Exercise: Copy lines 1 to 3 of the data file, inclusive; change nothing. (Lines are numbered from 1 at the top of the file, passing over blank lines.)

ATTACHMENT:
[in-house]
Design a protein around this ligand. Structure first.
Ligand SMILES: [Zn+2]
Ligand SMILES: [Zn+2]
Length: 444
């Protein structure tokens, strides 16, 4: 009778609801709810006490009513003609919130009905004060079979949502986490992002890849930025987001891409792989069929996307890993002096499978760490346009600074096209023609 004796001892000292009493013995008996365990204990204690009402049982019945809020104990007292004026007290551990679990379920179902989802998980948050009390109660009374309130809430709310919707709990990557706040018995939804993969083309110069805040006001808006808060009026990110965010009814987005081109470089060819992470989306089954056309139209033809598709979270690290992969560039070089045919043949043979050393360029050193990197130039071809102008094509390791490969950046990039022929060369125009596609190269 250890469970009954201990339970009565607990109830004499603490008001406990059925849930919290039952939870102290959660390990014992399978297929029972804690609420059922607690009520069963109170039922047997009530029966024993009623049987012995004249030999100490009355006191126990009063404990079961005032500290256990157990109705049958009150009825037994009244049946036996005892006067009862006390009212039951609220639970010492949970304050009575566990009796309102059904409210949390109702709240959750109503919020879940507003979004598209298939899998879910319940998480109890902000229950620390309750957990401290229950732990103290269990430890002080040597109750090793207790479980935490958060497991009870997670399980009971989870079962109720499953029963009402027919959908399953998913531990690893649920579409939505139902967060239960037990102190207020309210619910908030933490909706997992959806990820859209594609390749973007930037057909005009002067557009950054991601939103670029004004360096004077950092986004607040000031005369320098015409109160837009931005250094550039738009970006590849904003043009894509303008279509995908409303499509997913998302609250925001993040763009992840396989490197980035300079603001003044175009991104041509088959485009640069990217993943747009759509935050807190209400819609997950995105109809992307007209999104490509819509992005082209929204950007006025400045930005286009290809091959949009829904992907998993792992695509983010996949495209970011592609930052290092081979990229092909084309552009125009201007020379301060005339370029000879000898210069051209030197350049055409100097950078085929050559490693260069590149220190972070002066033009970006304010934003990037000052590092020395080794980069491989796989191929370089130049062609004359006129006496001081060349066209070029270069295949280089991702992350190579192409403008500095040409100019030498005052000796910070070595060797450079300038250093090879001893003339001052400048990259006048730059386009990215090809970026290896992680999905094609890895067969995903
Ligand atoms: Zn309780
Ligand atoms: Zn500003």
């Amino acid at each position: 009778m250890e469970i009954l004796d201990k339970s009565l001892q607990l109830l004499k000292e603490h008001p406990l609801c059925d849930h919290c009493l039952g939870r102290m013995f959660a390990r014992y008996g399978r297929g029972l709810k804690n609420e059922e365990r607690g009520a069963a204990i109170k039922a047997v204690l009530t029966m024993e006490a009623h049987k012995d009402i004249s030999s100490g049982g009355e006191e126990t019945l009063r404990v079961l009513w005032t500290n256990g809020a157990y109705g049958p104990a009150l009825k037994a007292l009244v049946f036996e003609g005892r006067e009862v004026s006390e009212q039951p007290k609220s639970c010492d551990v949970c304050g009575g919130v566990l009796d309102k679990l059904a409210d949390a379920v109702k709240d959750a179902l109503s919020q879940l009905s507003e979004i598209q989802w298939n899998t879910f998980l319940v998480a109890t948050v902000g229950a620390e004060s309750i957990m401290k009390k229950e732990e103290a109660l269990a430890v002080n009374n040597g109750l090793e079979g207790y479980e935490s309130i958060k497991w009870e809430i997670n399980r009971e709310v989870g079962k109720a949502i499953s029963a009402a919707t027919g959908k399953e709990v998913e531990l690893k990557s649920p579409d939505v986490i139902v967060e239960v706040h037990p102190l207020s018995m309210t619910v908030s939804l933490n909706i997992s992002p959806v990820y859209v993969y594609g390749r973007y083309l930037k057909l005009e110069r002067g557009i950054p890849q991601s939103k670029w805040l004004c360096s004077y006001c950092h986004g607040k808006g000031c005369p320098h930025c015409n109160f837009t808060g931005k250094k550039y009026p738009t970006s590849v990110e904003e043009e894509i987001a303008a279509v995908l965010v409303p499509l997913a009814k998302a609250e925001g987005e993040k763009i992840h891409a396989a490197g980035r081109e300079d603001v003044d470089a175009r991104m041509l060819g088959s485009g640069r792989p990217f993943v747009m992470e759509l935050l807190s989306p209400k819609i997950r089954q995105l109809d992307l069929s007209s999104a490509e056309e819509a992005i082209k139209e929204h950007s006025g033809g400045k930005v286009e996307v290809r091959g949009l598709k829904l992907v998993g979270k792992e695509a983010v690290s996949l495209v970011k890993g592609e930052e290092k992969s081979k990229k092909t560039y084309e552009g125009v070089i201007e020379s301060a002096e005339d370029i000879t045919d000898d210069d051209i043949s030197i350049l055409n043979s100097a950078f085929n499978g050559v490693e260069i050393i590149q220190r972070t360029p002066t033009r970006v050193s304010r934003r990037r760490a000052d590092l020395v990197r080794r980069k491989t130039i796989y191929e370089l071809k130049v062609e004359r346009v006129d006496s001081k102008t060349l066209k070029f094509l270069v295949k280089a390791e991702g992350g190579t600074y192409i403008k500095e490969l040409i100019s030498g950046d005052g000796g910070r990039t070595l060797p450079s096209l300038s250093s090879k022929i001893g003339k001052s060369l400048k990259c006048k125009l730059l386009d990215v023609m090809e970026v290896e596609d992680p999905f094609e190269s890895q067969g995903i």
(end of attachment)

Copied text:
[in-house]
Design a protein around this ligand. Structure first.
Ligand SMILES: [Zn+2]